Top priority at TMACOG “To-do” list: Widen Route 20 through Stony Ridge
By J. Patrick Eaken Dec 18, 2008

It’s on the Toledo Metropolitan Area Council of Government (TMACOG)’s “to do” list — widen U.S. Route 20 through Stony Ridge to five lanes.

And, it’s a high priority — No. 5 on a list of 60 items from TMACOG’s 2007-2035 Transportation Plan Draft Project List compiled in February 2007.

“We prepare a long range that we update every four years, and it’s one of the highest priority projects that we have within our long range plan,” said Warren Henry, TMACOG vice president of transportation.

And, it’s listed in the Toledo/Northwest Ohio Transportation Coalition’s legislative agenda for 2008-2009 — widening U.S. 20 from Perrysburg to State Route 420.

The transportation coalition plans to actively pursue this improvement to the Route 20 corridor for the purpose of safety and efficiency, states the TMACOG project list report. Estimated cost would be $35 million.

Henry says studies have indicated that traffic flow is too heavy for two lanes, plus the highway serves three nearby interstates. He says it’s in ODOT’s court now.

“We’re not an implementing agency. ODOT would be the group there that would take ownership of the project, and they would schedule it and actually proceed with it,” Henry said.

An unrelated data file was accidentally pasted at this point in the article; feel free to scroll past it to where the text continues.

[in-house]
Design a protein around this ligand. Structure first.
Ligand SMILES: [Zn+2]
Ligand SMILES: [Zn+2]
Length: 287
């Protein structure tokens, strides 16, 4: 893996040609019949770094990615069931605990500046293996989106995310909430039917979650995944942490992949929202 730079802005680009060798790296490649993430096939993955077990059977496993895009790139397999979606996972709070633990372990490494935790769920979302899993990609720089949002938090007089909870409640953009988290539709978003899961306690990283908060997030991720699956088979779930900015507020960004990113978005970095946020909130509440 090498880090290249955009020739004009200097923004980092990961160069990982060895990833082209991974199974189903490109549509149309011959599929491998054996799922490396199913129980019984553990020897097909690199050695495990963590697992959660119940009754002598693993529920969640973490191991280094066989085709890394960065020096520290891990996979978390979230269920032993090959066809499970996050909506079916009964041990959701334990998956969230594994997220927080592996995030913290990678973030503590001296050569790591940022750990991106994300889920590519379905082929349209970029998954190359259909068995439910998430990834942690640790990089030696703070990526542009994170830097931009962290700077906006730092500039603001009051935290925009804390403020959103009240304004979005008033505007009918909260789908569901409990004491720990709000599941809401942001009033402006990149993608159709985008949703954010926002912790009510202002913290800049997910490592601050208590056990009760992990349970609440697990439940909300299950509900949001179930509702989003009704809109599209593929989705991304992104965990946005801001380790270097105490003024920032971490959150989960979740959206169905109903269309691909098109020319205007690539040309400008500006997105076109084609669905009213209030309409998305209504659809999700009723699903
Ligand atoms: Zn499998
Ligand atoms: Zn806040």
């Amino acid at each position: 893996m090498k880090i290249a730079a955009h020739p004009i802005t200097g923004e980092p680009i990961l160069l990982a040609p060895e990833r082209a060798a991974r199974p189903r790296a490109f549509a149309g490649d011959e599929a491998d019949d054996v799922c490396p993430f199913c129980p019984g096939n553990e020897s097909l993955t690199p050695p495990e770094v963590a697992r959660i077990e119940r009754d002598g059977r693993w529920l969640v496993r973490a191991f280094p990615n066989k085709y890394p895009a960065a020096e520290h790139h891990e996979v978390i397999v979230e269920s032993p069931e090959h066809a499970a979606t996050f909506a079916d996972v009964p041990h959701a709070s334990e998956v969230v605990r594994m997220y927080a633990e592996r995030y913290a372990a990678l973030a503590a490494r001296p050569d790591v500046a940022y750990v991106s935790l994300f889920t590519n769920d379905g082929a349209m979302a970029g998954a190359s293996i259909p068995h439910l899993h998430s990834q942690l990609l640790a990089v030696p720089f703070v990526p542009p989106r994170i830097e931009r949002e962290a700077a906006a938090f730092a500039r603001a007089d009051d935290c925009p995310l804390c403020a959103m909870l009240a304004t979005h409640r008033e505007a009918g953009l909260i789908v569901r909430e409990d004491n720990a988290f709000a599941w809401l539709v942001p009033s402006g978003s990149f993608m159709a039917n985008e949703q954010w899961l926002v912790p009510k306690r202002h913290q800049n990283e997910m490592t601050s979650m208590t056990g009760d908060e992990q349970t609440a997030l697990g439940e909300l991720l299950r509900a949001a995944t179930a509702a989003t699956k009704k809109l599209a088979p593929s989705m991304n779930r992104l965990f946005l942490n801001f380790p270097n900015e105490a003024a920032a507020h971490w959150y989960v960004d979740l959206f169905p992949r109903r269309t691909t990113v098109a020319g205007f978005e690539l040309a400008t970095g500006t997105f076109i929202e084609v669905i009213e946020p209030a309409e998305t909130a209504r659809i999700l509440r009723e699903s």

“Really, it’s in ODOT’s hands now, because it’s part of the long range plan for ODOT to implement. ODOT has to have the money, and then set it up. They have a track program that they prioritize projects, so it has not risen to the point where funds are available for them to actually start the design processing.”

Henry said once ODOT takes up the project, there would be more studies, public meetings, and recommendations during the design stage.

“I have to say, candidly, its years and years away,” Henry said. “It’s on our ‘to-do’ list, and as long as it’s on our ‘to-do’ list, then they can come up with that federal money. If it’s not even on that ‘to-do’ list, then it’s not eligible for federal money in the future. So, it’s made its first initial step but it’s got a long ways to go.”

Tom Blaha, Director of the Wood County Economic Development Commission, believes that Route 20 may continue to see increases in traffic flow.

“I think part of what has exacerbated that has been since the truck tolls went up on the turnpike, a lot of the trucks get off the turnpike and use 20,” Blaha said.

Save The Old Mud Pike

Stony Ridge business owner Maxine Haas would not mind seeing 20 widened, as long as it doesn’t threaten Stony Ridge homes and businesses.

She would rather see 20 widened than rerouted north or south of Stony Ridge, because rerouting might take away business from her family’s two businesses, Pee Wee’s Dari Snak and Haas Service Station.